View Single Post
Old 07-15-2005, 09:29 PM   #7
hacker
Technology Mercenary
hacker plays well with othershacker plays well with othershacker plays well with othershacker plays well with othershacker plays well with othershacker plays well with othershacker plays well with othershacker plays well with othershacker plays well with othershacker plays well with othershacker plays well with others
 
hacker's Avatar
 
Posts: 614
Karma: 2561
Join Date: Feb 2003
Location: New London, CT
Device: Direct Neural Implant
Quote:
Originally Posted by BobR
1) Educate people [...]
Check.

Quote:
2) Pressure politicians across the world to turn away from the temptations of "bribes and contributions" [...]
We lose here.

Quote:
3) Organize and encourage coordinated public uprising in support of freer content availability.
This is starting to happen with sites like legaltorrents.com, Corey Doctorow and Lawrence Lessig's books being released online for free as well as printed and published. It'll take a lot more than that for it to really take hold though. We need a major movie house or music studio to wholeheartedly support it.

As someone said recently on another list:
DRM is supposed to get in your way when you redistribute. Its not supposed to prevent you from using media you legally own on equipment you legally own.
Quote:
But, still it's unlikely anyone can stop the big movie and recording industries from dominating the future of content rules and laws.
Related to that, give this diary entry a read. Follow the link to the summary at the bottom too. Basically the industry is gunning to make software authors legally liable when someone uses their software for maliscious or illegal purposes, starting with Bram Cohen, author of BitTorrent (which we use extensively I might add).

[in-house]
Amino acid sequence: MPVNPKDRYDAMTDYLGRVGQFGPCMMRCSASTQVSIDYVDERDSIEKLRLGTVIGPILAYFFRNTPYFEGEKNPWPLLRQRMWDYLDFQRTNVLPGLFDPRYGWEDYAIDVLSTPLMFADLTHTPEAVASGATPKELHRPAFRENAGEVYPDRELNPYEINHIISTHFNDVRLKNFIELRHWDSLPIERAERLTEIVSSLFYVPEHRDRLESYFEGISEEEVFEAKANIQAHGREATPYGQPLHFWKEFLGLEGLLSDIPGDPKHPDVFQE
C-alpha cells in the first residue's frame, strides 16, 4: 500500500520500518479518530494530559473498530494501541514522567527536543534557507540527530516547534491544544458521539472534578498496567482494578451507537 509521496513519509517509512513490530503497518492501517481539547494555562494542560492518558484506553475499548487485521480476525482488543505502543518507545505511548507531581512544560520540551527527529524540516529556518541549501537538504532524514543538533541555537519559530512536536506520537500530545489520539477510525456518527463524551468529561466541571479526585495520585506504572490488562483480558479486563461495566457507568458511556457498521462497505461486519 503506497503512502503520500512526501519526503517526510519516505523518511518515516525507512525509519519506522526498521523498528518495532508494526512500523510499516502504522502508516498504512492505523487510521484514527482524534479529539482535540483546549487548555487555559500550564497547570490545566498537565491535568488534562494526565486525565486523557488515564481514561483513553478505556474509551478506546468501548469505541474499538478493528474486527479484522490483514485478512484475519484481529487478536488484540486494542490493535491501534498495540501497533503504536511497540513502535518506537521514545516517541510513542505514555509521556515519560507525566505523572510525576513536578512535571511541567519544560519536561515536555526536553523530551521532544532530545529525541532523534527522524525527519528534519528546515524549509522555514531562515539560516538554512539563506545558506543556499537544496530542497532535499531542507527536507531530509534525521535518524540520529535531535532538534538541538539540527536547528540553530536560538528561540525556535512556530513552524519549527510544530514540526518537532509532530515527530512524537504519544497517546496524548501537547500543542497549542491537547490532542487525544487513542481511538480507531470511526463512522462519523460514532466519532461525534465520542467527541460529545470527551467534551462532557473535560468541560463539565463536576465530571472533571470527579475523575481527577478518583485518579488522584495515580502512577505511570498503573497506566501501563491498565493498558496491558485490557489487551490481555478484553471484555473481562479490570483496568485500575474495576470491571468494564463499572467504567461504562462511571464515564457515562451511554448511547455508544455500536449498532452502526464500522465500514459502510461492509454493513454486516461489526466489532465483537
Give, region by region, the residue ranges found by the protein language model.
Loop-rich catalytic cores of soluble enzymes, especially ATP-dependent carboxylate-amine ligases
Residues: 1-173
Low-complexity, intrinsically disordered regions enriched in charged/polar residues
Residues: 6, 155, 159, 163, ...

THAT is some scary stuff. That's like holding Anheuser Busch being held responsible for drunk drivers. What if someone sends me an mp3 through their work machine. Should Microsoft be held responsible because Exchange was used to deliver it? Its ludicrous.

I explained a fraction of these kinds of things to my wife, and she was shocked. She immediately said
"Why isn't this stuff on the news? Why aren't these kinds of cases on NPR? Why don't people like me hear about this stuff?"
THIS is the problem we need to solve. We have control of lots of public kinds of media-delivery services (blogs, websites like Mobileread, tools like Plucker, whatever) and we have MOTIVATION.

The mainstream public needs to know how their rights are being slowly taken away. Pry their eyes off of the latest reality show on Fox for 10 minutes and start explaining these things to them in their language. Motivate them to force change. Speak to their angst, get them to FEEL the pain the media companies are putting them through.

Quote:
I guarantee they don't give it just out of the kindness of their hearts. And they say it's just buying "access", not influence. And I've got a bridge to sell you also!
A huge tax break is one reason, and having the ability influence decisions by even 1% can make millions for a corporation. They put $500,000.00 into a politicians pockets or campaign and they make a few million on the back-end. Not a bad "investment", and the $500k is a nice fat tax deduction for them. Cute.

Quote:
Okay, I'm done ranting. Sorry. I just can't help myself sometimes. I'll go take my medication now...
Never stop ranting.

Never give up.

Never settle.

Never tolerate ineptitude or stupidity.

Always question what you don't agree with.

Not to toot my own horn, but as Alexander said... we need more people like me. Sometimes I wish I had a clone. My wife sometimes wishes there was one less of me. <grin>
hacker is offline   Reply With Quote